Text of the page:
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seep

[seep] /sip/
verb (used without object)
1.
to pass, flow, or ooze gradually through a porous substance:
Water seeps through cracks in the wall.
2.
(of ideas, methods, etc.) to enter or be introduced at a slow pace:
The new ideas finally seeped down to the lower echelons.
3.
to become diffused; permeate:
Fog seeped through the trees, obliterating everything.
verb (used with object)
4.
to cause to seep; filter:
The vodka is seeped through charcoal to purify it.
noun
5.
moisture that seeps out; seepage.
6.
a small spring, pool, or other place where liquid from the ground has oozed to the surface of the earth.
Origin of seep
1780-1790
1780-90; perhaps variant of dial. sipe, itself perhaps continuing Old English sīpian (cognate with Middle Low German sīpen)
Dictionary.com Unabridged
Based on the Random House Dictionary, © Random House, Inc. 2017.
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Examples from the Web for seeped
Contemporary Examples
Historical Examples
  • A dark patch on his back showed where the perspiration had seeped through.

    Faithfully Yours Lou Tabakow
  • Stained it was with fresh blood which had seeped onto it from him.

    Each Man Kills Victoria Glad
  • This was something that had seeped up from old feeling; it had no life of its own.

    Fidelity Susan Glaspell
  • But no jungle odors had seeped through that other Tube on its completion.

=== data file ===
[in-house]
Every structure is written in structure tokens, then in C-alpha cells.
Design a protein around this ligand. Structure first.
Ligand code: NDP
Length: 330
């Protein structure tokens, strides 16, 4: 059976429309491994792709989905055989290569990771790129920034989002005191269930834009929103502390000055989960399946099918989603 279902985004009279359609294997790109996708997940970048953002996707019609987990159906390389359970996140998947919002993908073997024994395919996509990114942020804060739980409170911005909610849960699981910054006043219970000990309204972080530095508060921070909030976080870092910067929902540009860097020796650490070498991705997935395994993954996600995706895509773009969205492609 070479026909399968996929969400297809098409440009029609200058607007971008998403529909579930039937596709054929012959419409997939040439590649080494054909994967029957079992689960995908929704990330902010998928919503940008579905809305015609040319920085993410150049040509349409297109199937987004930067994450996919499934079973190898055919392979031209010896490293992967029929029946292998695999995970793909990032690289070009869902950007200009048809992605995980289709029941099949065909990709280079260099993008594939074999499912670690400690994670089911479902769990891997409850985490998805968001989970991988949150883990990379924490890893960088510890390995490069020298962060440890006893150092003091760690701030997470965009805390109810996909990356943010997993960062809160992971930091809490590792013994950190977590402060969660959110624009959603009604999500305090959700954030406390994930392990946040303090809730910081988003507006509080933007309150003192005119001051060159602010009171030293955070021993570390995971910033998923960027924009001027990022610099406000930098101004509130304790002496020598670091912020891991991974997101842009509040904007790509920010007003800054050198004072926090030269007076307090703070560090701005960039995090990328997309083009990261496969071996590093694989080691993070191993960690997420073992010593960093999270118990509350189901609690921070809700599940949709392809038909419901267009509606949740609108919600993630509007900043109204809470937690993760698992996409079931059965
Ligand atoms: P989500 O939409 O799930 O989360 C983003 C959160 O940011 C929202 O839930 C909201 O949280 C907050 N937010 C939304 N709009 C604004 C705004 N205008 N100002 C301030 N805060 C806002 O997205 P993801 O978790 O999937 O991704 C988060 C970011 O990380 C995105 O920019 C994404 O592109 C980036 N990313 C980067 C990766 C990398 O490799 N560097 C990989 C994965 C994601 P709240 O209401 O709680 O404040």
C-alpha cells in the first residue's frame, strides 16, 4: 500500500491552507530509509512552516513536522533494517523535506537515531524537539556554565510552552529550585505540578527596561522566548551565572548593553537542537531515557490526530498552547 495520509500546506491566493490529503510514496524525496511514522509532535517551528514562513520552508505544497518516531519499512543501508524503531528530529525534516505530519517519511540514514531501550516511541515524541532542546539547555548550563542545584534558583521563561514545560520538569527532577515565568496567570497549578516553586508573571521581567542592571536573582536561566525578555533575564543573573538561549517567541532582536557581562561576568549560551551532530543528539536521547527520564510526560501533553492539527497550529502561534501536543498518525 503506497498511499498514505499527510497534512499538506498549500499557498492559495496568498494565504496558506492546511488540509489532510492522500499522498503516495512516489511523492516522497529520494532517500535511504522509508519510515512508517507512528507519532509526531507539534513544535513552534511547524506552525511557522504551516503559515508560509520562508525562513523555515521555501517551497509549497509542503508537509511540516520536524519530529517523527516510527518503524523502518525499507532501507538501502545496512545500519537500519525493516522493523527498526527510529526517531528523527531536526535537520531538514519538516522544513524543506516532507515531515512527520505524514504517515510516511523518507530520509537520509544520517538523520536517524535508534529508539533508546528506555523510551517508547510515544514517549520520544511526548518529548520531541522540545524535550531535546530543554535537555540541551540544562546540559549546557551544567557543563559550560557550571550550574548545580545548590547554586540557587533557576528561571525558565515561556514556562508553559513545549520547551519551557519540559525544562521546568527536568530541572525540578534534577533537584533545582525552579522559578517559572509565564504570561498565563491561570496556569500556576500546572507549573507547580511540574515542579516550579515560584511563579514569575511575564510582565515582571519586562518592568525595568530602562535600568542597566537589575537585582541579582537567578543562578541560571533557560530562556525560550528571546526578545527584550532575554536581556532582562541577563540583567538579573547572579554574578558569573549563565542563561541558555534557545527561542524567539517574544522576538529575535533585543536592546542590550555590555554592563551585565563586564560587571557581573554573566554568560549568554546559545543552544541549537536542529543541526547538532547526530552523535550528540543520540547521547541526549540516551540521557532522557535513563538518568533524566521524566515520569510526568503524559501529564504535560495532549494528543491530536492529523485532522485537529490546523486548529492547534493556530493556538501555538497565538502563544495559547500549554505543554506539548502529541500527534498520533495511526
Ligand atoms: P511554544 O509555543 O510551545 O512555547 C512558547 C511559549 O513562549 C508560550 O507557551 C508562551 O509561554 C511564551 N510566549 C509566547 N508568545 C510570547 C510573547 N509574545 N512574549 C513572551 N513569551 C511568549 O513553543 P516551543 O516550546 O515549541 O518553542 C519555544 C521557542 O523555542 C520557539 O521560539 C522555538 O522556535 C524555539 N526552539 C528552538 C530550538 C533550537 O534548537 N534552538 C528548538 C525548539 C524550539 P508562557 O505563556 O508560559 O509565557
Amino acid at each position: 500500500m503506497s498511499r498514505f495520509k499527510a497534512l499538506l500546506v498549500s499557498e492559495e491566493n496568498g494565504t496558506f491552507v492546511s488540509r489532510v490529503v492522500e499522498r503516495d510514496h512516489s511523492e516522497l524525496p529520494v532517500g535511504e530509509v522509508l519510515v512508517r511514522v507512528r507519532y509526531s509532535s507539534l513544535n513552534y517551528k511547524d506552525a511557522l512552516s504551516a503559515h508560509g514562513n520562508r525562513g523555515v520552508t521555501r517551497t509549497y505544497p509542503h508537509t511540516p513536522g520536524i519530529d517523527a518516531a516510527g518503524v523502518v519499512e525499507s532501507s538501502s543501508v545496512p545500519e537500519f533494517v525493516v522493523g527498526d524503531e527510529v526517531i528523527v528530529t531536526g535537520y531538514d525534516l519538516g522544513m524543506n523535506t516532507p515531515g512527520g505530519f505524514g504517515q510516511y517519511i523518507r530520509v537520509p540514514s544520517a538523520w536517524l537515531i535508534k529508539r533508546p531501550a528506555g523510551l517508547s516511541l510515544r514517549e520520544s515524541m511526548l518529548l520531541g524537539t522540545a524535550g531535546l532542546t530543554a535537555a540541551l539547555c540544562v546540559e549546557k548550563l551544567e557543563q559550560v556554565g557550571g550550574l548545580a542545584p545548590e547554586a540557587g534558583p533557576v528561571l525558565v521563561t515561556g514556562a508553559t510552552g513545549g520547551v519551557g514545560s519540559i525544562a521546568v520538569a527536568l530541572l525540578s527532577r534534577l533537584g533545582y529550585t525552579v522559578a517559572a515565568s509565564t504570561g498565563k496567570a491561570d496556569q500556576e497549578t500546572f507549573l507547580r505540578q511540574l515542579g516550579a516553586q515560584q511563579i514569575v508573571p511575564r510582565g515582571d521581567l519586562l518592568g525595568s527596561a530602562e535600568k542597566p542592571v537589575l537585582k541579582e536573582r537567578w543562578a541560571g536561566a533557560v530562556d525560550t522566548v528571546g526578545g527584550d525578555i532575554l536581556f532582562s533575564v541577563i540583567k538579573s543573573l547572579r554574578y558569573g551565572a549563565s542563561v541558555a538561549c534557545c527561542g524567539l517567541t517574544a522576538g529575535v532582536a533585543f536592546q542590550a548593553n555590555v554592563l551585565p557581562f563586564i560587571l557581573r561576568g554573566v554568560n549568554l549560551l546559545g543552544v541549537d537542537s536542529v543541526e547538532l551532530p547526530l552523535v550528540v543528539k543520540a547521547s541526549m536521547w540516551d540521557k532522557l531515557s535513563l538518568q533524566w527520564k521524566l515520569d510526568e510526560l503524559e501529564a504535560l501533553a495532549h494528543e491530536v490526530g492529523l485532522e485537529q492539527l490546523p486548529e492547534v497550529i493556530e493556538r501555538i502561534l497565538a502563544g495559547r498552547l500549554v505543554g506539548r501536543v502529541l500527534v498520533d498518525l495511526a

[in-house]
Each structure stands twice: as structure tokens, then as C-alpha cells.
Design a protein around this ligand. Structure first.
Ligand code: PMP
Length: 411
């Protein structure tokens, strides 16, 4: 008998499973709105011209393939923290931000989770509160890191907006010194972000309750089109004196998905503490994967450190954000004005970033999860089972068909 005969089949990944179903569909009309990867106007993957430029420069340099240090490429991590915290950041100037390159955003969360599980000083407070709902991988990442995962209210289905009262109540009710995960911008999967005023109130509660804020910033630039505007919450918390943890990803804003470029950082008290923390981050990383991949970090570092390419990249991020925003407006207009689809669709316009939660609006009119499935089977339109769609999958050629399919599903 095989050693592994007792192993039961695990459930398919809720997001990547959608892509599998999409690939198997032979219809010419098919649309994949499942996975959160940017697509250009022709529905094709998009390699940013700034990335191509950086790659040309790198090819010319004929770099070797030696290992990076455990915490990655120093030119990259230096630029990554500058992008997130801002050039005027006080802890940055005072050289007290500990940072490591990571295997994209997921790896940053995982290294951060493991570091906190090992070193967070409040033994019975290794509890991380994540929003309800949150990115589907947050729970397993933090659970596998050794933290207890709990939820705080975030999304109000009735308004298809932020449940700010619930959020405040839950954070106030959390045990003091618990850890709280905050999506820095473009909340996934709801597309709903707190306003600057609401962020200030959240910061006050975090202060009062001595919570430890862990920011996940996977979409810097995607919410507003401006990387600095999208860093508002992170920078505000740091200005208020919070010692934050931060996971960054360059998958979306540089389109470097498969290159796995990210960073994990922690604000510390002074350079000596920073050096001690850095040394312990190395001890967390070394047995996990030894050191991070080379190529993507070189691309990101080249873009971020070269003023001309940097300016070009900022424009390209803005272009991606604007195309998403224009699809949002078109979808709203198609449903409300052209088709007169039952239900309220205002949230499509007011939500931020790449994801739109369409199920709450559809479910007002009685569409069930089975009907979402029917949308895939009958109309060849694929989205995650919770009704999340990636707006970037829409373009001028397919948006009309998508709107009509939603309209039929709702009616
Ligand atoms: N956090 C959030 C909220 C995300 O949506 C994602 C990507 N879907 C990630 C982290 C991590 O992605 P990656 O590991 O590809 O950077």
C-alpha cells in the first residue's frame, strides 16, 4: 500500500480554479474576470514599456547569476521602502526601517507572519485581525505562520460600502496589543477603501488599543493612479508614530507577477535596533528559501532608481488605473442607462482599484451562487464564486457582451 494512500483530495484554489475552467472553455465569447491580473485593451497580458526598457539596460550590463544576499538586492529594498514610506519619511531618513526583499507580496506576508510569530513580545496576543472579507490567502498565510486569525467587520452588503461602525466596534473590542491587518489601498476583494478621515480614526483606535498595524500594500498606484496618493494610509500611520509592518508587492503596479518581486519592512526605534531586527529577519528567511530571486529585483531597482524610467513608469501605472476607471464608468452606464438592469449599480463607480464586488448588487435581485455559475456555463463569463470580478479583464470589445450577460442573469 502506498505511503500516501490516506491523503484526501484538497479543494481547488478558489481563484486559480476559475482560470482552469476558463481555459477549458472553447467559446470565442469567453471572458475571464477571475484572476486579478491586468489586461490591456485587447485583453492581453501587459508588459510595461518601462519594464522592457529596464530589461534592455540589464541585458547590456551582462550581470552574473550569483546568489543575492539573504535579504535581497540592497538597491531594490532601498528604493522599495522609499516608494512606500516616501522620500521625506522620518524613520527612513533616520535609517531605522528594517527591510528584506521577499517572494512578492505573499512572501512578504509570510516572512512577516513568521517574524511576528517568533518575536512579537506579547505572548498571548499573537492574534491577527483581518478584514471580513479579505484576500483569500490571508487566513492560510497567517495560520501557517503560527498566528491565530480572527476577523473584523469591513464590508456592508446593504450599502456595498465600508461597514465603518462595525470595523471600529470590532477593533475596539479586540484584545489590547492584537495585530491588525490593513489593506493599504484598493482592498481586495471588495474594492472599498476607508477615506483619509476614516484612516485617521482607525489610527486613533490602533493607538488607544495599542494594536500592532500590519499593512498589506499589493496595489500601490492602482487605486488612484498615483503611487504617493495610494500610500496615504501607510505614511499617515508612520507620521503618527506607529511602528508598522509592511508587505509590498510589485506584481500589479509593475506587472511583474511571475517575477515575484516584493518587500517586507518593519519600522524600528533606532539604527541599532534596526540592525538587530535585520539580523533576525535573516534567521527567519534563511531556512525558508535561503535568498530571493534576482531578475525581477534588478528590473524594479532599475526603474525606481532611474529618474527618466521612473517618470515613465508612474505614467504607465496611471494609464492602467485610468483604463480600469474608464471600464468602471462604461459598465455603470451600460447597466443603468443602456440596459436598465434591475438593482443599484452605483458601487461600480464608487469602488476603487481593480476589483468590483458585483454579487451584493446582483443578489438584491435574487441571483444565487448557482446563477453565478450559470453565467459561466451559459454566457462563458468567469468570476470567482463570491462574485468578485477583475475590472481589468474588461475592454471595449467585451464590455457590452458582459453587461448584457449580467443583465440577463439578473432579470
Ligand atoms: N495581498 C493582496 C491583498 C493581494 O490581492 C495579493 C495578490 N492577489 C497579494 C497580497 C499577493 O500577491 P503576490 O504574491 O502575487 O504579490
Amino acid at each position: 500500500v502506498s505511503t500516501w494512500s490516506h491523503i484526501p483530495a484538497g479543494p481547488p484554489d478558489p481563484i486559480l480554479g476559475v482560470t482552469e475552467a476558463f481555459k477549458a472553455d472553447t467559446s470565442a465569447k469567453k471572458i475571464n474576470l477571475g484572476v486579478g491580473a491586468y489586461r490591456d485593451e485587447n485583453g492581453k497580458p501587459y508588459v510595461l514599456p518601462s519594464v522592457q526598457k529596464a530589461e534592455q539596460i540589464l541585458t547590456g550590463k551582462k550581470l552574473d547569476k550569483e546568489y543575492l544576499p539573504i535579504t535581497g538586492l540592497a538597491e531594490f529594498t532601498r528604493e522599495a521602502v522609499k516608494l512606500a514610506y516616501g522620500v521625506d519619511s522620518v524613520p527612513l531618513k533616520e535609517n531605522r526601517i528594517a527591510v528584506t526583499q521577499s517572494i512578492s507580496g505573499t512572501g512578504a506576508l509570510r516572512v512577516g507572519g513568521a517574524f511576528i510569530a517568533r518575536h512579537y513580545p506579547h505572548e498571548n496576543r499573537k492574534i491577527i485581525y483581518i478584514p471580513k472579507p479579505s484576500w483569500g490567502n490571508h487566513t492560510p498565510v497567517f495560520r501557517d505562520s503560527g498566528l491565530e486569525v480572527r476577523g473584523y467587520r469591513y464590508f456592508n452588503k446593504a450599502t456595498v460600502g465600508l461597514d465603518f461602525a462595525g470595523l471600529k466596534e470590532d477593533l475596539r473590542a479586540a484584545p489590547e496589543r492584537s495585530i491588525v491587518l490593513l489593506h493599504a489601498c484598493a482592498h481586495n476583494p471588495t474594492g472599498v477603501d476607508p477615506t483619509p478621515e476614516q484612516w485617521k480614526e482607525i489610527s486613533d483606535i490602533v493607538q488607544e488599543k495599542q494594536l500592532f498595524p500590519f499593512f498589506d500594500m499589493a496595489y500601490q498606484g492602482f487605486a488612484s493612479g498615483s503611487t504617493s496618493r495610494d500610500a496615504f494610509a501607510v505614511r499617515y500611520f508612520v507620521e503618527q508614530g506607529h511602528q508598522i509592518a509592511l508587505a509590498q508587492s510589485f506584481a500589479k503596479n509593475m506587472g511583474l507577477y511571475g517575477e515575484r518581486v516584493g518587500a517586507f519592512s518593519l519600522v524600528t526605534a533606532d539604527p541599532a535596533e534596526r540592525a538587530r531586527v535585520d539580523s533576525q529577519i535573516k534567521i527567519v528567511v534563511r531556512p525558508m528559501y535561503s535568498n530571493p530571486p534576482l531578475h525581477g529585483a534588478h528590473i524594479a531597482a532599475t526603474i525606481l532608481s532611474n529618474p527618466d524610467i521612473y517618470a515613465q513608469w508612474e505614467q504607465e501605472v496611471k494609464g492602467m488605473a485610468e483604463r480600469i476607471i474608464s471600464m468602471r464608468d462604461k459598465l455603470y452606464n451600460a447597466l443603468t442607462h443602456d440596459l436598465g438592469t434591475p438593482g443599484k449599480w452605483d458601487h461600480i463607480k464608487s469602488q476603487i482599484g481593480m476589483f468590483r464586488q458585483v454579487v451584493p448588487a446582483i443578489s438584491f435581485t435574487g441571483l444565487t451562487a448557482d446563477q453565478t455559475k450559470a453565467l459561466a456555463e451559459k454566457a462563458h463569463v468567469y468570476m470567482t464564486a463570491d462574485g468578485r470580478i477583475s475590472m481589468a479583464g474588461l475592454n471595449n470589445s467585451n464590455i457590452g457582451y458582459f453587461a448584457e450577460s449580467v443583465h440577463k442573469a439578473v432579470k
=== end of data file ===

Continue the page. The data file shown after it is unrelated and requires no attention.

The Fifth-Dimension Tube William Fitzgerald Jenkins
  • The water that seeped into the puddle on the floor moistened their lips as they talked.

    In the Heart of a Fool William Allen White
  • Sleep held him until daylight seeped in through the one dingy window.

    The Uphill Climb

    B. M. Bower
British Dictionary definitions for seeped

seep

/siːp/
verb
1.
(intransitive) to pass gradually or leak through or as if through small openings; ooze
noun
2.
a small spring or place where water, oil, etc, has oozed through the ground
3.
another word for seepage
Word Origin
Old English sīpian; related to Middle High German sīfen, Swedish dialect sipa
Collins English Dictionary - Complete & Unabridged 2012 Digital Edition
© William Collins Sons & Co. Ltd. 1979, 1986 © HarperCollins
Publishers 1998, 2000, 2003, 2005, 2006, 2007, 2009, 2012
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Word Origin and History for seeped

seep

v.

1790, variant of sipe (c.1500), possibly from Old English sipian "to seep," from Proto-Germanic *sip- (cf. Middle High German sifen, Dutch sijpelen "to ooze"), from PIE root *seib- "to pour out, drip, trickle" (see soap (n.)). Related: Seeped; seeping.

Online Etymology Dictionary, © 2010 Douglas Harper
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